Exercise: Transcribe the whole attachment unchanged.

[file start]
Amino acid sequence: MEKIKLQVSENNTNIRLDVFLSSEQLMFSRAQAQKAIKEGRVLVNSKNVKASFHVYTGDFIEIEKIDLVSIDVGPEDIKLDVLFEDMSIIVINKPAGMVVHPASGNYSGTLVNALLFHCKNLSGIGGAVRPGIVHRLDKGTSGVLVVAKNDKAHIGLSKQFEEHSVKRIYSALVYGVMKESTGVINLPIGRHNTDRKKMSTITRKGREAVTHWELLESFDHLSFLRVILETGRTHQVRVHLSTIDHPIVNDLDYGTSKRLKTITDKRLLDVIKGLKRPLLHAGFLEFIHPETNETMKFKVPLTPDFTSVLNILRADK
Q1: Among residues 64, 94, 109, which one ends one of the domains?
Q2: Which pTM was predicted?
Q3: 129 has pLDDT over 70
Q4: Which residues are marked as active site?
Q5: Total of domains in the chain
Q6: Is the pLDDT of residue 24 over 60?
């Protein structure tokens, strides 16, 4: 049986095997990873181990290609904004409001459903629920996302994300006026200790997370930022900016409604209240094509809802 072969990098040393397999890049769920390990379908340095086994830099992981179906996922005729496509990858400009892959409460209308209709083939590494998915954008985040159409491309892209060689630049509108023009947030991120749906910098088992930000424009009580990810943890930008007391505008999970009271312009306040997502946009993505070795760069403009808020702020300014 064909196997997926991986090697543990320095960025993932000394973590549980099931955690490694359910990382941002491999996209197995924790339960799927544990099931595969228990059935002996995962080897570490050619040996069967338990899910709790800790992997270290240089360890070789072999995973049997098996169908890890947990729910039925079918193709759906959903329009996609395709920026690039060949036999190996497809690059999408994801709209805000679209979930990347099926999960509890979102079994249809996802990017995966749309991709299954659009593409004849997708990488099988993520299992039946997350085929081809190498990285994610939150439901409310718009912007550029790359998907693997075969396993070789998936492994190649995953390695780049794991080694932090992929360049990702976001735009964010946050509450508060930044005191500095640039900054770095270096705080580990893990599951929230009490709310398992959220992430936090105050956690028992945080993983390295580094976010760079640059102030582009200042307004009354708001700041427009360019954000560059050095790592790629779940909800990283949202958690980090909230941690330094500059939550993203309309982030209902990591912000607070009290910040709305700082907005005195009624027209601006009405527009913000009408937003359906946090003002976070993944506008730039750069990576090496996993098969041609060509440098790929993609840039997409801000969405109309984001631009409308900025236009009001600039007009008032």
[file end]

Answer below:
Amino acid sequence: MEKIKLQVSENNTNIRLDVFLSSEQLMFSRAQAQKAIKEGRVLVNSKNVKASFHVYTGDFIEIEKIDLVSIDVGPEDIKLDVLFEDMSIIVINKPAGMVVHPASGNYSGTLVNALLFHCKNLSGIGGAVRPGIVHRLDKGTSGVLVVAKNDKAHIGLSKQFEEHSVKRIYSALVYGVMKESTGVINLPIGRHNTDRKKMSTITRKGREAVTHWELLESFDHLSFLRVILETGRTHQVRVHLSTIDHPIVNDLDYGTSKRLKTITDKRLLDVIKGLKRPLLHAGFLEFIHPETNETMKFKVPLTPDFTSVLNILRADK
Q1: Among residues 64, 94, 109, which one ends one of the domains?
Q2: Which pTM was predicted?
Q3: 129 has pLDDT over 70
Q4: Which residues are marked as active site?
Q5: Total of domains in the chain
Q6: Is the pLDDT of residue 24 over 60?
């Protein structure tokens, strides 16, 4: 049986095997990873181990290609904004409001459903629920996302994300006026200790997370930022900016409604209240094509809802 072969990098040393397999890049769920390990379908340095086994830099992981179906996922005729496509990858400009892959409460209308209709083939590494998915954008985040159409491309892209060689630049509108023009947030991120749906910098088992930000424009009580990810943890930008007391505008999970009271312009306040997502946009993505070795760069403009808020702020300014 064909196997997926991986090697543990320095960025993932000394973590549980099931955690490694359910990382941002491999996209197995924790339960799927544990099931595969228990059935002996995962080897570490050619040996069967338990899910709790800790992997270290240089360890070789072999995973049997098996169908890890947990729910039925079918193709759906959903329009996609395709920026690039060949036999190996497809690059999408994801709209805000679209979930990347099926999960509890979102079994249809996802990017995966749309991709299954659009593409004849997708990488099988993520299992039946997350085929081809190498990285994610939150439901409310718009912007550029790359998907693997075969396993070789998936492994190649995953390695780049794991080694932090992929360049990702976001735009964010946050509450508060930044005191500095640039900054770095270096705080580990893990599951929230009490709310398992959220992430936090105050956690028992945080993983390295580094976010760079640059102030582009200042307004009354708001700041427009360019954000560059050095790592790629779940909800990283949202958690980090909230941690330094500059939550993203309309982030209902990591912000607070009290910040709305700082907005005195009624027209601006009405527009913000009408937003359906946090003002976070993944506008730039750069990576090496996993098969041609060509440098790929993609840039997409801000969405109309984001631009409308900025236009009001600039007009008032």